Activity for PK-4

FACT: One great way to help children develop a love for reading is to let them pick out and hold a book. We hold books right side up with the cover in front.

TIP: Today, let your child pick out and hold a bedtime book. Ask, “What’s the right way to hold it?” Help them if necessary and turn the pages together.

GROWTH: Keep holding books to prepare 4K! Open the book and ask, “Can you show me where we start reading?” Now follow along with your finger as you read.

Love of reading

As with any activity, motivation and skill have a positively reinforcing relationship. With early reading skills, the more a child is motivated to read, the better she’ll get at it. One easy way for grown-ups to motivate children is to model their own attitude of excitement about books and reading time. As a bonus, families reading together enjoy a sweet moment of social connection and bonding.

An Asian mother smiles as she shows her delighted infant son a picture book.

Encourage your families to celebrate a love for reading with their child by offering the ParentPowered activities below.

Activity for Toddlers

FACT: Reading with your toddler every day helps them develop a love of books. It also builds key reading skills like print awareness and comprehension.

TIP: Pick a pillow to be your reading pillow. Meet at your pillow before bed so that you can share a book together. Make sure to cuddle up as you read!

GROWTH: Keep reading together. Bring a book on-the-go. Your toddler can look at the pictures as you shop. As you wait in line, you can read it together!

Activity for Preschoolers

FACT: Children who love books are more motivated to learn to read. You can inspire a love of books by doing little things to make reading time extra fun.

TIP: At bedtime, grab a flashlight and a book. Try reading under the covers. Invite your child to make sound effects to go along with the story as you read.

GROWTH: Keep having fun with books to prepare 4K! With your child, give each character a different voice. Ask, “How do you think this character sounds?”

Top tips for family engagement in literacy

Families are invaluable partners in supporting children’s literacy ability. Here are some key points to remember when involving families in supporting early literacy skills

Reading is fun!

Rather than being “one more thing” parents need to add to their to-do list, reading can be something families look forward to when they realize how simple and fun it is. In your messaging to families, remind them that any and every minute they can spend with a book counts. There are no wrong ways to read or tell stories! 

You can also encourage a spirit of play and exploration, perhaps suggesting using silly voices while reading stories out loud. These strategies are fun — and happen to boost fluency in reading, too.

Reading is a routine!

When suggesting activities for parents to do at home, it’s important to give ideas mapped onto daily routines. This approach works for three reasons:

  • You’re more likely to remember to do something when it’s connected to something that’s already on your daily schedule.
  • You’re more likely to do something consistently over time when it’s connected to something else that happens consistently over time. Repetition is key for learning, especially with skills like phonological and phonemic awareness.
  • Your activities become more equitable by minimizing the time burden on families. Only some families have extra time dedicated to early learning goals, but nearly all families have bath time, mealtime, and commuting time.

ParentPowered programs are designed with this model in mind — creating everyday learning moments as part of everyday routines. Join an upcoming info session to learn more about our approach, the research behind it, and how our family engagement activities grow alongside students.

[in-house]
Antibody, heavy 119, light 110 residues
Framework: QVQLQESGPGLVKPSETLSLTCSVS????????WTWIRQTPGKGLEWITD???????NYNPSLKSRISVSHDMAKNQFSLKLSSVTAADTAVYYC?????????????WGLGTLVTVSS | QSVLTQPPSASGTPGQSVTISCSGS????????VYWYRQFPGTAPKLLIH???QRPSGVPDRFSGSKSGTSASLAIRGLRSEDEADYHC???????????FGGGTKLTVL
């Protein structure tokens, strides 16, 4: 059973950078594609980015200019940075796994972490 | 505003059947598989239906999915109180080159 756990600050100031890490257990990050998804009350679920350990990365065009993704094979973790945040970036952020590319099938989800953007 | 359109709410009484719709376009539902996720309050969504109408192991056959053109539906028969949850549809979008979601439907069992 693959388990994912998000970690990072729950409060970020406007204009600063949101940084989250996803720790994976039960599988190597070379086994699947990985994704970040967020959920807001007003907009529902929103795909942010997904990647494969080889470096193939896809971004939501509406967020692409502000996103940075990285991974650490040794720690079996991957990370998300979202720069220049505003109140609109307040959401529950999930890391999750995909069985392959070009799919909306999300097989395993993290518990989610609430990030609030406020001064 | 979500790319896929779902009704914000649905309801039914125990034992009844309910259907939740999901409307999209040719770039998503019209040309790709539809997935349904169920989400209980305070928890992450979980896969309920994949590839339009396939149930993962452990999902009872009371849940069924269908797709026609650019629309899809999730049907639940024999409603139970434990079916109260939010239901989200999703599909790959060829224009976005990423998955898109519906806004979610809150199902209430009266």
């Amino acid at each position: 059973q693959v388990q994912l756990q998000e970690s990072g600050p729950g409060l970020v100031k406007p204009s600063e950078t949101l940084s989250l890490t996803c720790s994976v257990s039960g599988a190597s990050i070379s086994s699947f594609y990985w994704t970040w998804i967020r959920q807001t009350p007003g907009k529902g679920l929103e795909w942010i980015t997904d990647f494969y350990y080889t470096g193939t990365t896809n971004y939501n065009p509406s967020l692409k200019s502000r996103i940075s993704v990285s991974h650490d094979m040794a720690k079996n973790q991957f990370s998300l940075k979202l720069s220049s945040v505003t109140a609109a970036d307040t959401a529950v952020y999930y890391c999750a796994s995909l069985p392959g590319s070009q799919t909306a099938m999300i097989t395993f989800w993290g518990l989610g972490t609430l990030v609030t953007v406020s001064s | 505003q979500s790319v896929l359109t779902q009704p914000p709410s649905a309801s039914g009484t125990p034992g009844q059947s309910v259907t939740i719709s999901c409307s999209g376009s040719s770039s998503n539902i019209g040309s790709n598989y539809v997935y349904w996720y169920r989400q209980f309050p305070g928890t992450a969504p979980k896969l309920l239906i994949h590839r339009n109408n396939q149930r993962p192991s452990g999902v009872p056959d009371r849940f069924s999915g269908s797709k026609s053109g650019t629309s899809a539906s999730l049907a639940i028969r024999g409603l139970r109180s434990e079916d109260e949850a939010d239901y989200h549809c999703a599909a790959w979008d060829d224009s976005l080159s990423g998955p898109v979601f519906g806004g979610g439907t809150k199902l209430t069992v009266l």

Reading is great at gatherings!

Do you have a family literacy workshop planned? Don’t just talk about reading — do it together with families right then and there! 

A live event is an excellent time to model ways of supporting emergent literacy skills and allow families to practice, too. Be sure to provide a variety of books and encourage families to bring in their favorite books as well.

Whether you plan special activities to highlight strong reading practices or simply ask families to act out a story together with their child, your early literacy-focused gathering will be a great opportunity to bring early reading skills to life.

Reading in all languages is valuable!

Linguistic diversity is an asset! Children who are exposed to a language other than English at home have the potential to develop as bilingual and biliterate, given the right support. Encourage your multilingual parents to talk and read with their child in those languages they speak other than English at home. They can even use English-language picture books as tools to build their child’s multilingual skills by simply making up their own story based on the pictures. Home language development matters!

Early reading skills are essential for later growth

I already shared one best-kept secret about kids — that babies begin absorbing crucial information about language, words, and stories from all interactions happening with and around them. And now, you’re in-the-know on another amazing secret to how children cultivate a joyful experience of reading: their families! 

Families are essential models, cheerleaders, guides, and supporters for their children’s reading journey. They have so much to offer when it comes to developing early reading skills. That’s why both of these secrets are worth spilling with educators and families everywhere!

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About the author

Curran Mahowald is a former high school language teacher turned education research advocate. In addition to having worked at ParentPowered, she has also designed parent-facing informational materials at Oakland Unified School District and currently works on improving national research-to-practice infrastructure at the Annenberg Institute for School Reform at Brown University. Curran holds an M.A. in Cognitive Science in Education from Teachers College, Columbia University and B.A.s in Linguistics and French from the University of Southern California.